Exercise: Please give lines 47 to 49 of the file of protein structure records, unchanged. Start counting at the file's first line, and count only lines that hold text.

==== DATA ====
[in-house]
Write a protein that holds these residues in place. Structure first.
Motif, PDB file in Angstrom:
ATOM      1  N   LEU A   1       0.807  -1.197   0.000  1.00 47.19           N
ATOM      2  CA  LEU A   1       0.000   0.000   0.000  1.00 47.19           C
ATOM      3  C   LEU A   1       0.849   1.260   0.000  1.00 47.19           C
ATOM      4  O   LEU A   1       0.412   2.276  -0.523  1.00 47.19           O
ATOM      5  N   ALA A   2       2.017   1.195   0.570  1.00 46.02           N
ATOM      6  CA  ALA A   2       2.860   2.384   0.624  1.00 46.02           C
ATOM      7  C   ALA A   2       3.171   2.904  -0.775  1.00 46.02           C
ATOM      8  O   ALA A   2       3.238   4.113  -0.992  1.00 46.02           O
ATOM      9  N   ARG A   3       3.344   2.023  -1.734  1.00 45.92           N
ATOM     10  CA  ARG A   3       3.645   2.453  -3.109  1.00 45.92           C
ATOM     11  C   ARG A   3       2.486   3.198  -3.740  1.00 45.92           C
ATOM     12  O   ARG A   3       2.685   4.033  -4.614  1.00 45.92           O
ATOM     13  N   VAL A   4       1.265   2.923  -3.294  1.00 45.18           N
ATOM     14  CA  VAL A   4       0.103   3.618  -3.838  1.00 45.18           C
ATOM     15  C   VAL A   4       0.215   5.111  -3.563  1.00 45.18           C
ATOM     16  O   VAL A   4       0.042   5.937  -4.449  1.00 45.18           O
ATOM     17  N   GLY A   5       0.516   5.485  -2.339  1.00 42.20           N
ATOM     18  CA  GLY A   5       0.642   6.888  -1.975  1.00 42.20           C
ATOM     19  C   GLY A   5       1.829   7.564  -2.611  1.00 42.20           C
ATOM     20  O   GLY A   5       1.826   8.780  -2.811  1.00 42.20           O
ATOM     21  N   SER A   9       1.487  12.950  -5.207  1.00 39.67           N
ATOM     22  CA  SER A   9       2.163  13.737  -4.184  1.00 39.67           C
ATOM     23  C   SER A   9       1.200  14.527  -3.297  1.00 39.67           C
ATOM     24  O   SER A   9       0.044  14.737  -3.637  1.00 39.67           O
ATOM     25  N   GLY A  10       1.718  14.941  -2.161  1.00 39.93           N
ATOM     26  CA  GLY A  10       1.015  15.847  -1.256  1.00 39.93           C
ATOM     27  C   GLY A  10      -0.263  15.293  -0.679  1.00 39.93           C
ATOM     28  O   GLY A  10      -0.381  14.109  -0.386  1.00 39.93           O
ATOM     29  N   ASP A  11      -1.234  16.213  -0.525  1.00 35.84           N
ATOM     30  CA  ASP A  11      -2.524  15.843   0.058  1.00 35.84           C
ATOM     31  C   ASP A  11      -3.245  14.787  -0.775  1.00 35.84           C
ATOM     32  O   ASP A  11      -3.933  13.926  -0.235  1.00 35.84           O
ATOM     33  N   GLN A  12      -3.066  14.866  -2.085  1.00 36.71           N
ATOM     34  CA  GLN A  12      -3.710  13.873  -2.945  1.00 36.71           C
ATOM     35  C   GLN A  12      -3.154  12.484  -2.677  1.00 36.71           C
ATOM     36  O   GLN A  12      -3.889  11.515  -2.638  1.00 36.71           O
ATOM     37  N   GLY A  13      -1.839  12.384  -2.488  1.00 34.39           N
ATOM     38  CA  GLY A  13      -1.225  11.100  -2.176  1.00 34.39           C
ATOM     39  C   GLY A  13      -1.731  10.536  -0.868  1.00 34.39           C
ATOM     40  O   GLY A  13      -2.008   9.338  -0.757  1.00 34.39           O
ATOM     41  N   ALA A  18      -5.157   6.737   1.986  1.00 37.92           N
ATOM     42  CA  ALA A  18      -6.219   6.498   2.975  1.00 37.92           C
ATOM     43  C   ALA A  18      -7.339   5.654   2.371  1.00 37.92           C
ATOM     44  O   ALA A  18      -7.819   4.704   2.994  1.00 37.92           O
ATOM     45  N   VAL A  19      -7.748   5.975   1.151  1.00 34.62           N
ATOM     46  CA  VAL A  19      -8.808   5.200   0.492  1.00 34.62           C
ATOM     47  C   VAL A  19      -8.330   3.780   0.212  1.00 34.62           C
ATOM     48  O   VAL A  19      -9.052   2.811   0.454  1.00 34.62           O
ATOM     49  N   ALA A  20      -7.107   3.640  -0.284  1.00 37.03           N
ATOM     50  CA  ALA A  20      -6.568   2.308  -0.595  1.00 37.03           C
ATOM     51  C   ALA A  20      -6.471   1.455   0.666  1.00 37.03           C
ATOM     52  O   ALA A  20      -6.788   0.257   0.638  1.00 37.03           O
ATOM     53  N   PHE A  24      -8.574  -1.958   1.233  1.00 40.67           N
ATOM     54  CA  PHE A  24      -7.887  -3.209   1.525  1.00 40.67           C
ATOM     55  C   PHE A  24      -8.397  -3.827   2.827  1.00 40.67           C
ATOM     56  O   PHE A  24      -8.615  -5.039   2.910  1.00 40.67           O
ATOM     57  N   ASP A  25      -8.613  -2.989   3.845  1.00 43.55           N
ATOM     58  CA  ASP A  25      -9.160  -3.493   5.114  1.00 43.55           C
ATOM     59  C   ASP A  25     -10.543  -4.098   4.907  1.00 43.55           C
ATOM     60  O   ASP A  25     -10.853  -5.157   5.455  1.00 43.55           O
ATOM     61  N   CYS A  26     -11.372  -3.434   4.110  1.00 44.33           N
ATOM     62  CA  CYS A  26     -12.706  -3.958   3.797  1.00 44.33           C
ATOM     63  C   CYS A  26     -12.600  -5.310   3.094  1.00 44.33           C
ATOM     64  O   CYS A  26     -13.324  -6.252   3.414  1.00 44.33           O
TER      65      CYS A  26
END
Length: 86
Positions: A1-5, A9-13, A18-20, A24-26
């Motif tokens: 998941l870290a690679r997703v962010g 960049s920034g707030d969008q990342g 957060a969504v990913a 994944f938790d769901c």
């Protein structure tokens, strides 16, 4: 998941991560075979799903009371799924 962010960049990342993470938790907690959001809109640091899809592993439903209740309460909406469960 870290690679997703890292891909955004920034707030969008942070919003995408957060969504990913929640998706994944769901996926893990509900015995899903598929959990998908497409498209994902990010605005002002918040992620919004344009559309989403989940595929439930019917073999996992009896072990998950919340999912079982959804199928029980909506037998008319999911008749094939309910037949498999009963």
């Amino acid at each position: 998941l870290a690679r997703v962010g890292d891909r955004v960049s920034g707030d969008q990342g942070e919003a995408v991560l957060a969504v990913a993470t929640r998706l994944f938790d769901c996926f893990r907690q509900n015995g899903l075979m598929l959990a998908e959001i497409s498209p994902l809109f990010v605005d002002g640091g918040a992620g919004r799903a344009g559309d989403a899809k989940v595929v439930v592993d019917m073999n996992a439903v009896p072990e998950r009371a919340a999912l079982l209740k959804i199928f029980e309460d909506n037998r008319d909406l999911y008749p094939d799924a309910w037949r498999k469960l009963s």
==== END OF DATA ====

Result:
ATOM     44  O   ALA A  18      -7.819   4.704   2.994  1.00 37.92           O
ATOM     45  N   VAL A  19      -7.748   5.975   1.151  1.00 34.62           N
ATOM     46  CA  VAL A  19      -8.808   5.200   0.492  1.00 34.62           C